A perineuronal net (PNN) is a layer of lattice-like matrix which enwraps the surface of the soma and dendrites, and in some cases the axon initial segments, in sub-populations of neurons in the central nervous system (CNS). First reported by Camillo Golgi more than a century ago, the molecular structure and the potential role of this matrix have only been unraveled in the last few decades. PNNs are mainly composed of hyaluronan, chondroitin sulfate proteoglycans, link proteins, and tenascin R. The interactions between these molecules allow the formation of a stable pericellular complex surrounding synapses on the neuronal surface. PNNs appear late in development co-incident with the closure of critical periods for plasticity. They play a direct role in the control of CNS plasticity, and their removal is one way in which plasticity can be re-activated in the adult CNS. In this review, we examine the molecular components and formation of PNNs, their role in maturation and synaptic plasticity after CNS injury, and the possible mechanisms of PNN action.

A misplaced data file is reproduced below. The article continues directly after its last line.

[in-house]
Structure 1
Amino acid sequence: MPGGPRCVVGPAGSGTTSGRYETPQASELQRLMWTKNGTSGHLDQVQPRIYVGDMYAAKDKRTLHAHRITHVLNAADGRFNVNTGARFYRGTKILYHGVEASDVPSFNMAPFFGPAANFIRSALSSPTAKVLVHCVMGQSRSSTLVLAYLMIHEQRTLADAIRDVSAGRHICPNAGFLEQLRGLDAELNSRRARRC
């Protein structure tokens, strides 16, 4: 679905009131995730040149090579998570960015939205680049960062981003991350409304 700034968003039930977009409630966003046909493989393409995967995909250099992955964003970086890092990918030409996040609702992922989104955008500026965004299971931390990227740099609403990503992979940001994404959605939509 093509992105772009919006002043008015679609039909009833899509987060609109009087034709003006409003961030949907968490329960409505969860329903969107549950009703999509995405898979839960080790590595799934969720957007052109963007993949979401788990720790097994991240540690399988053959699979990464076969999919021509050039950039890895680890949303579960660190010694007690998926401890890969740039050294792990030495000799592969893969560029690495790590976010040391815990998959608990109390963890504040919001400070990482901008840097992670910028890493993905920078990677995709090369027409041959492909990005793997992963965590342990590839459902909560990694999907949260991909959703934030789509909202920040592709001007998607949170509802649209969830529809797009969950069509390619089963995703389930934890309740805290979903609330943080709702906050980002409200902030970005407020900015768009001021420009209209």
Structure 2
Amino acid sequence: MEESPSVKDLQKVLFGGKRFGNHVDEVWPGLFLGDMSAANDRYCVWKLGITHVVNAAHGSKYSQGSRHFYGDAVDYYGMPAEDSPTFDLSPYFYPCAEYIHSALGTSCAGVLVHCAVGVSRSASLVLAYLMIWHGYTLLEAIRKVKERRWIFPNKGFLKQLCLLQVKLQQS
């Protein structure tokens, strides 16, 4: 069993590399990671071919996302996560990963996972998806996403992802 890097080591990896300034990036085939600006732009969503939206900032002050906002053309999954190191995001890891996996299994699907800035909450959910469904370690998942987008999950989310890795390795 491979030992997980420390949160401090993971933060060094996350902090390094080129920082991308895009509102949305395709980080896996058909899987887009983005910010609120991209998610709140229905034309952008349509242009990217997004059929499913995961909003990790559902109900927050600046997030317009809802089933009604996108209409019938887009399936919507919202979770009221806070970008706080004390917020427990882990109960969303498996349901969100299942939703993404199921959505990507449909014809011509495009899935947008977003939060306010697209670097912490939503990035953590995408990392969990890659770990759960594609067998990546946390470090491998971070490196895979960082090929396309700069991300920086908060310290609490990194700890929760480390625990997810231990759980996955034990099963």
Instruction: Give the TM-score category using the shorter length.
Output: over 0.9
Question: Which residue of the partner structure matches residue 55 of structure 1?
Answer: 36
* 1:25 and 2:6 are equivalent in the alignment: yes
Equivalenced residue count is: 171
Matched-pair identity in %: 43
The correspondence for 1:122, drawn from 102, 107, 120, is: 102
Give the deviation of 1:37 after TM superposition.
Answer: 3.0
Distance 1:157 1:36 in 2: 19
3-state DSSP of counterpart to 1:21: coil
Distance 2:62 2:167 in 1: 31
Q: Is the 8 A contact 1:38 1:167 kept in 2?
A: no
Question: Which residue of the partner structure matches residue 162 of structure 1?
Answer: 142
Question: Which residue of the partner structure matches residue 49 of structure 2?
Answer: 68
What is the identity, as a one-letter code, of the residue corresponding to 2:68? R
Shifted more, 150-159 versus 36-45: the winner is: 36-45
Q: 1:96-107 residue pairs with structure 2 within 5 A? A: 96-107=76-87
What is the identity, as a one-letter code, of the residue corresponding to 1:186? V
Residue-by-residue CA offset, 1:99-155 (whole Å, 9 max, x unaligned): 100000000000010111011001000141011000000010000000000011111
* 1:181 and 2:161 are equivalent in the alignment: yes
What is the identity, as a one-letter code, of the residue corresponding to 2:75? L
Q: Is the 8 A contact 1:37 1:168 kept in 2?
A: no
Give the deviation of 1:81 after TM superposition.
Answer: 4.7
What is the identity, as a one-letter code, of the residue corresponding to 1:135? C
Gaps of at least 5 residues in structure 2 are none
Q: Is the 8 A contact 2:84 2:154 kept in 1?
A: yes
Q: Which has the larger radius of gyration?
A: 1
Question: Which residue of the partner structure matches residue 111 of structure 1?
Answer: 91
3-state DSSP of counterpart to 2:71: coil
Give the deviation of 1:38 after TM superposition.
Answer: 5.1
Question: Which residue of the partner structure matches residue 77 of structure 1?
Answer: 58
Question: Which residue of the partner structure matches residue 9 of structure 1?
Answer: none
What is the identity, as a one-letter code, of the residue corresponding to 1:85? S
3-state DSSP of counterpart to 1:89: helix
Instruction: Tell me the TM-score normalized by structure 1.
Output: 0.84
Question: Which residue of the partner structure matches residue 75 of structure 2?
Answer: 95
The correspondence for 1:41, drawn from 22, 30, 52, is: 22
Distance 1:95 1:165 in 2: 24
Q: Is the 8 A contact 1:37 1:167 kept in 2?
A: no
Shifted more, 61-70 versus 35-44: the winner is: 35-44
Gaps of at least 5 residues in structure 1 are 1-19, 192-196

Copyright © 2011 Wiley Periodicals, Inc.